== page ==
The long-term goal of the proposed study is to characterize the relationship between cerebello-prefrontal networks with respect to symptom severity and course of illness in individuals at ultra high-risk (UHR) for psychosis. UHR individuals are at much higher risk for the development of an Axis I psychotic disorder, and identifying neural differences associated with symptomatology and the course of illness is a key first step towards the development of predictive biomarkers for psychosis. Such biomarkers would open the door to more targeted preventative therapeutics. While movement abnormalities associated with striatal function are associated with the conversion to psychosis, we have also found evidence distinctly implicating the cerebellum in symptom severity in UHR individuals. While the cerebellum has been well studied in schizophrenia, and its networks, particularly networks associated with the prefrontal cortex, are implicated in the cognitive dysmetria framework for the dysfunction seen in schizophrenia, it has been relatively understudied in UHR populations. There is some evidence to indicate cerebellar volumetric decreases in UHR groups, and there is decreased resting state cerebello-cortical connectivity in first-degree relatives of schizophrenia patients, but the literature on this topic is generally sparse. Given ou recent finding of a relationship between cerebellar dysfunction and symptom severity, along with the contributions of the cerebellum to schizophrenia and cognitive dysmetria, cerebellar networks are an important target for research in UHR populations. Here, we aim to 1) investigate group differences in resting state functional cerebello-prefrontal cortical networks and 2) investigate group differences in brain structure and structural connectivity of cerebello-prefrontal cortical networks between UHR and healthy controls. Crucially, we will also investigate the relationship between the integrity of these networks (structural and functional), and the volume of cerebellar and prefrontal nodes in these networks, with respect to symptom severity, cognitive function, and the course of illness using a two year longitudinal design. Usingmulti-modal neuroimaging we will collect resting state connectivity MRI (fcMRI) and diffusion tensor imaging (DTI) in conjunction with high-resolution anatomical scans annually. In addition, all participants will complete cognitive testing, along with clinical assessments to quantify symptom severity and disease progression in UHR individuals. I will receive key training in translational research and in both DTI and structural anatomical analysis methods. Knowledge of the relationships between cerebellar-prefrontal networks and the development of psychosis is crucial for gaining a complete picture of the etiology of schizophrenia. Doing so will help explainthe role of the cerebellum in schizophrenia, and its etiology. Furthermore, this may facilitate thedevelopment of targeted interventions that may improve disease course and treatment outcomes in at-risk populations.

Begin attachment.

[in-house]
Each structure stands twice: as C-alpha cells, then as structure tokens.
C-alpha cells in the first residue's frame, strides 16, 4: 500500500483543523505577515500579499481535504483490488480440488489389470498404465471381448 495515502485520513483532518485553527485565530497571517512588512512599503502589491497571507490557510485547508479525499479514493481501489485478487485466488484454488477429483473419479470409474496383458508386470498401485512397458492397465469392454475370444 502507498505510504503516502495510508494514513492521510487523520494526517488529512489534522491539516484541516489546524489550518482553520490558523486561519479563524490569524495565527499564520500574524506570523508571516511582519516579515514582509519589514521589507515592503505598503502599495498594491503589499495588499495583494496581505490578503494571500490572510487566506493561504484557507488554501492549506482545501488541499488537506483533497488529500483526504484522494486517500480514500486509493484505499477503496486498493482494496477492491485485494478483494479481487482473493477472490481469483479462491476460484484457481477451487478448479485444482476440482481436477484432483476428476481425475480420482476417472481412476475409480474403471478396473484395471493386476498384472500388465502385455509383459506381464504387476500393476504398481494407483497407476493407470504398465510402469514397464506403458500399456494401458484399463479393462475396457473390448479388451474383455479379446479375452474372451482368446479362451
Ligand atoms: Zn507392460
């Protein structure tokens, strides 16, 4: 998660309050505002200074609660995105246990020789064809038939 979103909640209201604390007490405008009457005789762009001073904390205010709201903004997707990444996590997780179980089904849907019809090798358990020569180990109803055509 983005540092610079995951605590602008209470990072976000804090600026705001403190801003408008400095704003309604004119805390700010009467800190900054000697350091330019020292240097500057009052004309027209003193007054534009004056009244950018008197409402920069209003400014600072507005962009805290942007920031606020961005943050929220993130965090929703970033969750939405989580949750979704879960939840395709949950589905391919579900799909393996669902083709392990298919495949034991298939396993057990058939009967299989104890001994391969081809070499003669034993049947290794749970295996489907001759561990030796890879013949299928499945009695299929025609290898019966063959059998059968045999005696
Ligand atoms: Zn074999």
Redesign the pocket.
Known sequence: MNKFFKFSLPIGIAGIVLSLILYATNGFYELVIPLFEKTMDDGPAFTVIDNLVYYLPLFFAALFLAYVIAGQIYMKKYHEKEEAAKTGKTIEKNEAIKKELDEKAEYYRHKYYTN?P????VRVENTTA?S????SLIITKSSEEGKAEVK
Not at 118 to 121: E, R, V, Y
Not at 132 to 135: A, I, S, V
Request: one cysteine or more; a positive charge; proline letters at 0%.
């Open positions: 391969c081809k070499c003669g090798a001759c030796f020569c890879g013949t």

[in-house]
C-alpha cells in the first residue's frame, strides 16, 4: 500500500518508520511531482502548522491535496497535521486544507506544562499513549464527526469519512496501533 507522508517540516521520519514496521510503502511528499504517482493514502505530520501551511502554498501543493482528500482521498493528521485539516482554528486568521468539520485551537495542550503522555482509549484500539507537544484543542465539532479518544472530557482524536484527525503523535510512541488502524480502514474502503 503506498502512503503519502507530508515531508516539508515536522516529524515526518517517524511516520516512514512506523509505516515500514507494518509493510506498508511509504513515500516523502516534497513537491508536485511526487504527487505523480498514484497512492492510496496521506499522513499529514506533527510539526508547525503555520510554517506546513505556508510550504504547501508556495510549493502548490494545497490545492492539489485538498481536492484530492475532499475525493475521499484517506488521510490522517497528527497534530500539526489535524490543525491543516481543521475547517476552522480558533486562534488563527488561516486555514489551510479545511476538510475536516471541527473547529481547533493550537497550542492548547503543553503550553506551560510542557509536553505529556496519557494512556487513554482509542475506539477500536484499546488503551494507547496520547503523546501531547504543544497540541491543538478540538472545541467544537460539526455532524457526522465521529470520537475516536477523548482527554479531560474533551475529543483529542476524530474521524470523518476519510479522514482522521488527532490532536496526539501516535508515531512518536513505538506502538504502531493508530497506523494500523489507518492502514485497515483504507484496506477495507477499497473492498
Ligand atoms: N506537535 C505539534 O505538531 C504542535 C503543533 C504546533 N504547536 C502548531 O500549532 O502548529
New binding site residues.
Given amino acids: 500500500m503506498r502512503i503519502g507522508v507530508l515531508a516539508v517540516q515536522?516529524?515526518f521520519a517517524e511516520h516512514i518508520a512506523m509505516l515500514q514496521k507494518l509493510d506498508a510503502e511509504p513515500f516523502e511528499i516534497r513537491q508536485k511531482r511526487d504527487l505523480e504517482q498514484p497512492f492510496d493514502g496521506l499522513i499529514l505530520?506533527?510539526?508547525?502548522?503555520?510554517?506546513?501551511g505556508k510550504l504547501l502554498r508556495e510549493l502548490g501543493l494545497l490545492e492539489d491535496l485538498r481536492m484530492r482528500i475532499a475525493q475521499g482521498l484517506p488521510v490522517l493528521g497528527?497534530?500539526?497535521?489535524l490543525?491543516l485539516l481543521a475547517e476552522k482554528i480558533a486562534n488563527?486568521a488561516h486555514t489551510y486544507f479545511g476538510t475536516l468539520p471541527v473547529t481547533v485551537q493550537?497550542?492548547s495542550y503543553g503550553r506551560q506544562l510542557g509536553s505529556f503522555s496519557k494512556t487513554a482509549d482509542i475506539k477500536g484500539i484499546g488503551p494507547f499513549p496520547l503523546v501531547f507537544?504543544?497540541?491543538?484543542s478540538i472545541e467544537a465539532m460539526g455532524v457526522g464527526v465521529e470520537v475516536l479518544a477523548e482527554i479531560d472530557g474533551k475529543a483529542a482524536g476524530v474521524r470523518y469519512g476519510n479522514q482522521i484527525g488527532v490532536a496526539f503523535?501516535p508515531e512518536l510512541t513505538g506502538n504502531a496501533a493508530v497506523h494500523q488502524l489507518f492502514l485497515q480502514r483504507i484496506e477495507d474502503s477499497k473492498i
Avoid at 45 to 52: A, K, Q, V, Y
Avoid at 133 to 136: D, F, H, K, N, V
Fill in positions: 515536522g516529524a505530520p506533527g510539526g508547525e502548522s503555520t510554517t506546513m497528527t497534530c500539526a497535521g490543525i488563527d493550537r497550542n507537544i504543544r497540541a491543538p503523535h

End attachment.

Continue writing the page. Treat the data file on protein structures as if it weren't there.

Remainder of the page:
The proposed research will investigate brain networks that may underlie the development of schizophrenia in at-risk individuals. Though schizophrenia affects only about 1% of the population; it has devastating personal and societal consequences. Identifying neural differences in these at-risk populations will aid in our understanding of the underlying factors causing schizophrenia; and importantly; may lead to preventative therapies that could ease some of the devastating effects of schizophrenia on the impacted individual; their family; and society as a whole.
|Bernard, Jessica A; Leopold, Daniel R; Calhoun, Vince D et al. (2015) Regional cerebellar volume and cognitive function from adolescence to late middle age. Hum Brain Mapp 36:1102-20|
|Bernard, Jessica A; Dean, Derek J; Kent, Jerillyn S et al. (2014) Cerebellar networks in individuals at ultra high-risk of psychosis: impact on postural sway and symptom severity. Hum Brain Mapp 35:4064-78|
|Bernard, Jessica A; Seidler, Rachael D (2014) Moving forward: age effects on the cerebellum underlie cognitive and motor declines. Neurosci Biobehav Rev 42:193-207|